EON calculates the electrostatic similarity between two small molecules in the form of an Electrostatic Tanimoto (ET) score. Given a query molecule and a set of interesting molecules (ROCS overlay hits, for example), EON will calculate the Electrostatic Tanimoto between each database molecule and the query. Note that EON does not perform any overlay or alter the input orientation of the structures. They must be pre-aligned to the query on input. Also, since electrostatics calculations require high quality partial charges, EON will calculate new partial charges for the input structures using MMFF94. If the user provides an input file that contains structures with higher-quality partial charges, EON can use them as well.
EON is also dependent on pKa state and formal charges as these have a significant impact on electrostatics. EON now has the ability to adjust both the query and database molecule to a neutral pH model. This feature is on by default, but can be turned off by using appropriate command line flags.
Since electrostatics overlays are very dependent on alignment and require a good quality alignment between query and database molecule, ROCS provides the best input to EON. However, electrostatic complementarity is more dependent on subtle conformational changes than shape is, so there are several steps that can be taken to ensure the best possible success with EON.
Firstly, one can ensure that ROCS outputs multiple interesting conformers
per molecule. ROCS includes a flag
that allows generation of a multi-conformer set of ROCS-aligned output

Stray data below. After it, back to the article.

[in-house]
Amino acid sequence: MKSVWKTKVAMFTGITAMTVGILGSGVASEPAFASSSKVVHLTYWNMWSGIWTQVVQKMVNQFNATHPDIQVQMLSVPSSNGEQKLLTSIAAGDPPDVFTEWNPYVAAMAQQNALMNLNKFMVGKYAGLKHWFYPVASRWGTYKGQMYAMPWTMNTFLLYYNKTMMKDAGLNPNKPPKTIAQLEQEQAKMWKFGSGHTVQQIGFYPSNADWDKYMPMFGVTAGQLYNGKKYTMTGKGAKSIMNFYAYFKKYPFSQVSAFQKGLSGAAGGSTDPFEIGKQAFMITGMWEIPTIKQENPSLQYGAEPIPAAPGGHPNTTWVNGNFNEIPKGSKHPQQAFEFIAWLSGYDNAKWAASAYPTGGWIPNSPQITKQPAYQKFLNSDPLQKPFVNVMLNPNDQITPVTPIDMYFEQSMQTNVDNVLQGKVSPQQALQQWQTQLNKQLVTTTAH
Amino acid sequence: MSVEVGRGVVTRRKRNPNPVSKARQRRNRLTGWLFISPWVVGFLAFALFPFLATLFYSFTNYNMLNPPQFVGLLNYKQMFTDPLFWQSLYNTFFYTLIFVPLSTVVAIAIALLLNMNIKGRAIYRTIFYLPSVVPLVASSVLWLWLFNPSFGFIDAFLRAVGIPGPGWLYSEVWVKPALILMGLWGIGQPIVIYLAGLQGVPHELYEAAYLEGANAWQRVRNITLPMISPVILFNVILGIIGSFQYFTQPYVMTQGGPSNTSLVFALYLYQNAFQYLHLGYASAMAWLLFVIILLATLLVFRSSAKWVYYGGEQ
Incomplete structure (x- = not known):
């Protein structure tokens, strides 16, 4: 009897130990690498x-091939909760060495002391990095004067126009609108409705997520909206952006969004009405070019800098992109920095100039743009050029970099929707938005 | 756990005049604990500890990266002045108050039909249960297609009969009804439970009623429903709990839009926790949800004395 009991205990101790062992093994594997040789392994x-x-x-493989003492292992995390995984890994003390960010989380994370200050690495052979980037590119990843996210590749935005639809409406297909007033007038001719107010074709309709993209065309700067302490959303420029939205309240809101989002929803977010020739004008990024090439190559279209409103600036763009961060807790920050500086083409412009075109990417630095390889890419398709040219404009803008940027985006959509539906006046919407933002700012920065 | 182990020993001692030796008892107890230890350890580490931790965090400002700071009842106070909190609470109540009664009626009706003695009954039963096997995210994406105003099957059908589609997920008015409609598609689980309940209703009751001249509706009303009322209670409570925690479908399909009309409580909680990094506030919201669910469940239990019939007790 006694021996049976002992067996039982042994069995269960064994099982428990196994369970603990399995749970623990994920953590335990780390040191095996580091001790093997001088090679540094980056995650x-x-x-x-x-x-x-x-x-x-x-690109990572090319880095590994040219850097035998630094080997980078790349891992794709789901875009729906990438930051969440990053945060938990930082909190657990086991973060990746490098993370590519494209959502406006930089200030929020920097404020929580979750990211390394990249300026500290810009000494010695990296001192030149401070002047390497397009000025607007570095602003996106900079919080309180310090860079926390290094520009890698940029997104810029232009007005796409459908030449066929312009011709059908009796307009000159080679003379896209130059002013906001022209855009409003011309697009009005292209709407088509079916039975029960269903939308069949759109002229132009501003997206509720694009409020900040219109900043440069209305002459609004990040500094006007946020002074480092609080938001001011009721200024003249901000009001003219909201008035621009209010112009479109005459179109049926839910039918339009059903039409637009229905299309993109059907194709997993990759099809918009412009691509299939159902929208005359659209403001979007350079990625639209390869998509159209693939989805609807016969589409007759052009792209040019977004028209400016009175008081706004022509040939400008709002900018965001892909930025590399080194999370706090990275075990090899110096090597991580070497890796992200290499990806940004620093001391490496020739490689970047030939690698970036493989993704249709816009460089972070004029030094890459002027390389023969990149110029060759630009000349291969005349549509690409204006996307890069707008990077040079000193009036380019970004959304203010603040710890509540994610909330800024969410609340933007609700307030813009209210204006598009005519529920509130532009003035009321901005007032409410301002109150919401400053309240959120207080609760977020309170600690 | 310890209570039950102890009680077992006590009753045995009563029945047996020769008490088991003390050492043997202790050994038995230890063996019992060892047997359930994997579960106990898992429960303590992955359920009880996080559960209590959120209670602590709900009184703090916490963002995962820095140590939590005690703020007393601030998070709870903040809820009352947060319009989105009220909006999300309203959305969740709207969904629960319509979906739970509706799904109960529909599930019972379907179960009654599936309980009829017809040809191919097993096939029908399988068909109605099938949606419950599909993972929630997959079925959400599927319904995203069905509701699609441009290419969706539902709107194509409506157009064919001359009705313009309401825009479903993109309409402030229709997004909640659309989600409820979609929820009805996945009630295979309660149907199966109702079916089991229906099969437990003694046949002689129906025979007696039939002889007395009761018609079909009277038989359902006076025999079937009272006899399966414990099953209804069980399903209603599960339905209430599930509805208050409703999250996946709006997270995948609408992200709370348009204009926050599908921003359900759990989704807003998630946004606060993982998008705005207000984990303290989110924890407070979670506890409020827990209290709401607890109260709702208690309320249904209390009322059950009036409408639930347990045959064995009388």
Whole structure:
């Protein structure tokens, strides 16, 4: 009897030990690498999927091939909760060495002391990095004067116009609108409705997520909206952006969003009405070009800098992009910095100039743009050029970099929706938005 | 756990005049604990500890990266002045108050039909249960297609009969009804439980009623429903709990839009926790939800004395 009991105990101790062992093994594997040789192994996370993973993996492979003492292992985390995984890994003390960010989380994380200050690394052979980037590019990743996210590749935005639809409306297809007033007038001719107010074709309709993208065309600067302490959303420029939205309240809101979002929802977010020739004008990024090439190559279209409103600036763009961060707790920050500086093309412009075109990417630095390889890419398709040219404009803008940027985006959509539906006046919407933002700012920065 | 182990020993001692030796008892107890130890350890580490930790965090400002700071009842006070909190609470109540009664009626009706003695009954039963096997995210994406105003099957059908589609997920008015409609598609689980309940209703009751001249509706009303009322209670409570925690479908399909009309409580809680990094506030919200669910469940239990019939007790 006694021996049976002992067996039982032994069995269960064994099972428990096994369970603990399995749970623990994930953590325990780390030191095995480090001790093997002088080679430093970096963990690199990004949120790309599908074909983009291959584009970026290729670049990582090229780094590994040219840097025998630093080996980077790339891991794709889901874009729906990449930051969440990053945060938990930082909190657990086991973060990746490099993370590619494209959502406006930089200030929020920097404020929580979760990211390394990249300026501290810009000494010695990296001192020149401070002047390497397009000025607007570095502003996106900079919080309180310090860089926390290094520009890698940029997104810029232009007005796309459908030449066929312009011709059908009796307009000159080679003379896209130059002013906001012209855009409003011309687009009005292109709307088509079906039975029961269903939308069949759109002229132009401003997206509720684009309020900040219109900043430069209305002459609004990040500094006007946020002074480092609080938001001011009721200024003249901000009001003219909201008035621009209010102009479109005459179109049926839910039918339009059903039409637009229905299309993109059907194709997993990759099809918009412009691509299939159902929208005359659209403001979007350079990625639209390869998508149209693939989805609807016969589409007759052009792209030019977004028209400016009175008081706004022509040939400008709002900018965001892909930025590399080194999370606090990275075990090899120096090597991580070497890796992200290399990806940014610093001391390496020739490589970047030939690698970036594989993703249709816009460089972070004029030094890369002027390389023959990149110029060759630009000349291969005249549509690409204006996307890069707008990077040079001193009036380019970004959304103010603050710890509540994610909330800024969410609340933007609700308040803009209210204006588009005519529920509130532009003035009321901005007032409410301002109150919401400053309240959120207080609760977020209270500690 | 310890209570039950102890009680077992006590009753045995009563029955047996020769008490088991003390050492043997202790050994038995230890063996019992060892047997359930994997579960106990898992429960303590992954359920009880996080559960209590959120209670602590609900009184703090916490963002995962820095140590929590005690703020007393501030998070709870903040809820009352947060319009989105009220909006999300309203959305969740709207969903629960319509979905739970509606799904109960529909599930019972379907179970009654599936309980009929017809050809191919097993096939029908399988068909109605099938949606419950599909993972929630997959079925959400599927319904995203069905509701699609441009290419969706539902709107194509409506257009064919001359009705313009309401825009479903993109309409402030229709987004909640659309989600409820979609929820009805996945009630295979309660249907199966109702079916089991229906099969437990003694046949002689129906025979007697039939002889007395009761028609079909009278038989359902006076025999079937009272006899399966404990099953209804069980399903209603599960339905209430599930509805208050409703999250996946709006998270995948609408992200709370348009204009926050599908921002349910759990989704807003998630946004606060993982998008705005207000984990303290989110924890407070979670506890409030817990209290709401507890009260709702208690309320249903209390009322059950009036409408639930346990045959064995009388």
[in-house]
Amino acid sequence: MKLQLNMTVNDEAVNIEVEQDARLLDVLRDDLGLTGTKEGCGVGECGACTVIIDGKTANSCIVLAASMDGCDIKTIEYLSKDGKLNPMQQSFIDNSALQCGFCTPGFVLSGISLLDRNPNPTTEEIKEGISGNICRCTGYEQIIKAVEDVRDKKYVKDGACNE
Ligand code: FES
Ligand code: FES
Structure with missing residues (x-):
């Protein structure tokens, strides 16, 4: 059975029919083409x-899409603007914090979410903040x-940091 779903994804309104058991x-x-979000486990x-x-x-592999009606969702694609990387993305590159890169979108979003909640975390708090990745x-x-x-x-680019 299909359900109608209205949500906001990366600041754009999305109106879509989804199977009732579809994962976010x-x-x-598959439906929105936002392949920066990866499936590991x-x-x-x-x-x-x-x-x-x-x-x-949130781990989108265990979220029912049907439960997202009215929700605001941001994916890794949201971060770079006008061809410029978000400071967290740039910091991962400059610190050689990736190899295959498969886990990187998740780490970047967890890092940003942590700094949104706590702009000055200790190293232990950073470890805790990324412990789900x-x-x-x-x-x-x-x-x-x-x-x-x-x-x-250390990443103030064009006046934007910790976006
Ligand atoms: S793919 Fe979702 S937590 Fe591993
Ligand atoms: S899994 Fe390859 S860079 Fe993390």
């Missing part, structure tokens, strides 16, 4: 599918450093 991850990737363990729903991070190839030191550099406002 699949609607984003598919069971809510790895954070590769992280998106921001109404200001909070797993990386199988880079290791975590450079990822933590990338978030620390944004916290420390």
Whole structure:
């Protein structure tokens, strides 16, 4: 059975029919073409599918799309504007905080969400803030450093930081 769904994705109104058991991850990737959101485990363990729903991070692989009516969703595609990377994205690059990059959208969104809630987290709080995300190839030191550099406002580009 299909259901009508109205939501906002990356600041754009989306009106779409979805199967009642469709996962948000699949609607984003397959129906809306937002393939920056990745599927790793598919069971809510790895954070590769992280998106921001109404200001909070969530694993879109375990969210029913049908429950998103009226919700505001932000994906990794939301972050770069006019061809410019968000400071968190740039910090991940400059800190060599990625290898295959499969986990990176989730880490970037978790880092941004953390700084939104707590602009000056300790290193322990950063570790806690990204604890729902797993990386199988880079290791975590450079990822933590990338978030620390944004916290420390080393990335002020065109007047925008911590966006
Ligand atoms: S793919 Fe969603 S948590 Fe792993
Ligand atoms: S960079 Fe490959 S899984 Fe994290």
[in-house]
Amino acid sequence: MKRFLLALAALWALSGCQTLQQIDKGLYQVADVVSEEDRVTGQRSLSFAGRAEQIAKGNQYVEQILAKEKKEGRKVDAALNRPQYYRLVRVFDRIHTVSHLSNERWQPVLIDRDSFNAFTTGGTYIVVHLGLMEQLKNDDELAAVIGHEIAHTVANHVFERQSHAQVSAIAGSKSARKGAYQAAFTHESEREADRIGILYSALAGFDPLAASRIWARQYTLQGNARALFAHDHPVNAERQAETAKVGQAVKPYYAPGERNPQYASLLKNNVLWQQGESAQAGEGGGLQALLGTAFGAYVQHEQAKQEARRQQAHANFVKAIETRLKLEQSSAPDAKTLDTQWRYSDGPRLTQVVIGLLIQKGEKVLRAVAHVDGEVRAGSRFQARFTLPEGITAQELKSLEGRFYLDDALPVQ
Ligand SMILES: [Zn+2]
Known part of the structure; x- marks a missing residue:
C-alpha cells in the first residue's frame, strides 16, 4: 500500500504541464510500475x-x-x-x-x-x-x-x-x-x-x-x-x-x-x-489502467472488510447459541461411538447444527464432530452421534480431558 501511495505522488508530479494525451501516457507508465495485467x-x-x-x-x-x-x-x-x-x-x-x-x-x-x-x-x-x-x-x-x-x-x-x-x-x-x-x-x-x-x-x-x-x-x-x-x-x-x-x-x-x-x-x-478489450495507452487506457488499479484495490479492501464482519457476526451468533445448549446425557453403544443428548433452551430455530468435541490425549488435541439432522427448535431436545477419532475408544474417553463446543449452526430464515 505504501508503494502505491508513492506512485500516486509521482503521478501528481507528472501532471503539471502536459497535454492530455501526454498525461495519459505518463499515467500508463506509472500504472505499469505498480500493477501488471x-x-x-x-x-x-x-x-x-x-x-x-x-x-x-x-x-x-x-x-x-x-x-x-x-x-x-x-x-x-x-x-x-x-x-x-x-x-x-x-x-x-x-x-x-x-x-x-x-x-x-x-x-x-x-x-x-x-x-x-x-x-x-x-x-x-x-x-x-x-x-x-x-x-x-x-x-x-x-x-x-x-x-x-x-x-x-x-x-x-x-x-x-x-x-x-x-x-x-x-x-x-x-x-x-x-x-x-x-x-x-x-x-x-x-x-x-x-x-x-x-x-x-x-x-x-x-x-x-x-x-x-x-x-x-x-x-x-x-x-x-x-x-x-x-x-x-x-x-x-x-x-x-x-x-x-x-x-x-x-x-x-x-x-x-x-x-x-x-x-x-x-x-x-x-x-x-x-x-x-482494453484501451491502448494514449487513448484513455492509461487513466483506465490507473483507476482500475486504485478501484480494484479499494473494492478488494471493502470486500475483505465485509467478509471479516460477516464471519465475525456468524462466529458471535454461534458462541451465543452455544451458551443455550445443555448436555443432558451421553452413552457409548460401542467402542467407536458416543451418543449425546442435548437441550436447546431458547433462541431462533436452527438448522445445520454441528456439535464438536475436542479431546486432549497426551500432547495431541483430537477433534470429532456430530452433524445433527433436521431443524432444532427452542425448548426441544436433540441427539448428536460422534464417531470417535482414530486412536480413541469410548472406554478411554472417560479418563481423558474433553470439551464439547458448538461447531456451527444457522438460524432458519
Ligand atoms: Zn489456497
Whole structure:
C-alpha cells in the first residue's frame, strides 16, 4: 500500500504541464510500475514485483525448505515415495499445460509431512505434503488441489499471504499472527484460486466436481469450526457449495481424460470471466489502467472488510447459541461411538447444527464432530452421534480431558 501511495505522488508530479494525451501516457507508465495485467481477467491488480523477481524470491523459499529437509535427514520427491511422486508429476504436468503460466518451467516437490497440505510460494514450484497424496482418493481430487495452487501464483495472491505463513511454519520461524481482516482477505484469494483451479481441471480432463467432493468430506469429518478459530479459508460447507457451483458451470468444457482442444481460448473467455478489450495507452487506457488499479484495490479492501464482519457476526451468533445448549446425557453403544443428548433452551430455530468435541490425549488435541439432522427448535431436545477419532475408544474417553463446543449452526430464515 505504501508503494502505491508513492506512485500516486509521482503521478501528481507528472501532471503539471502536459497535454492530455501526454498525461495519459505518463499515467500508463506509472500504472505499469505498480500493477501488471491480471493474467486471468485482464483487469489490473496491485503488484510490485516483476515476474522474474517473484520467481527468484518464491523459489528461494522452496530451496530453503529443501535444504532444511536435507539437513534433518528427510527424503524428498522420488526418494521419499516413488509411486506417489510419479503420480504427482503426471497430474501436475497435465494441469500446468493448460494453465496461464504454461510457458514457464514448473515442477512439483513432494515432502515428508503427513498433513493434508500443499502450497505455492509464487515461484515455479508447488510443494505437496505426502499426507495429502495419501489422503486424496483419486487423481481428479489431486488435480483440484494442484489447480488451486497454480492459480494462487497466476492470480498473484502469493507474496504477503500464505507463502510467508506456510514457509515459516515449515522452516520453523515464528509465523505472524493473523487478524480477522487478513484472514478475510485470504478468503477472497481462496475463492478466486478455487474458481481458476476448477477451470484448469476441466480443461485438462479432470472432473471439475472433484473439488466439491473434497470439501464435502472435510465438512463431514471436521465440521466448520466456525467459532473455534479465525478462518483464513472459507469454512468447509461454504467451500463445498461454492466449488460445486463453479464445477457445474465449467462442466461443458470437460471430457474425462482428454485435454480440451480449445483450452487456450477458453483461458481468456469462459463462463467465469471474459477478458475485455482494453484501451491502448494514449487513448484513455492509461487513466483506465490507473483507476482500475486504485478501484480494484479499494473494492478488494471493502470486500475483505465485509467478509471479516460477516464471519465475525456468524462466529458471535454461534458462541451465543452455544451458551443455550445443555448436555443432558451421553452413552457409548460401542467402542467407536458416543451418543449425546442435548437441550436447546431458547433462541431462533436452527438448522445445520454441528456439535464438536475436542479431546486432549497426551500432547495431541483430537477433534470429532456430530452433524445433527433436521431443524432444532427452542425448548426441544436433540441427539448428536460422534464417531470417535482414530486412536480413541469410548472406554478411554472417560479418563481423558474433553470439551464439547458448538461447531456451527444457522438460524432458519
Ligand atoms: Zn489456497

specifically for input into EON. This file can be generated in parallel
with a ROCS hit list so that in a single ROCS run you can find ROCS hits
and prepare EON input. Please see the ROCS documentation for more
detail on these flags.
Secondly, EON reads one or more conformers from the input file and uses technology from OMEGA to expand terminal torsions to search for subtle changes in conformation that might increase the score without changing the overall shape overlap with the query. To score just the input conformers and not search for alternate terminal conformations, the -scoreonly flag is provided.
Part of understanding EON results is visualization of the electrostatic grids used in the calculation. Although off by default, when writing EON results to a binary (OEB) file, ET grids can be attached to each molecule and visualized using the EON View mode in VIDA.
Since EON calculations can be time-consuming (approximately 1 molecule per second per CPU), EON can use the same distributed computing technology, Open MPI, that ROCS uses to help distribute the workload across a cluster of machines.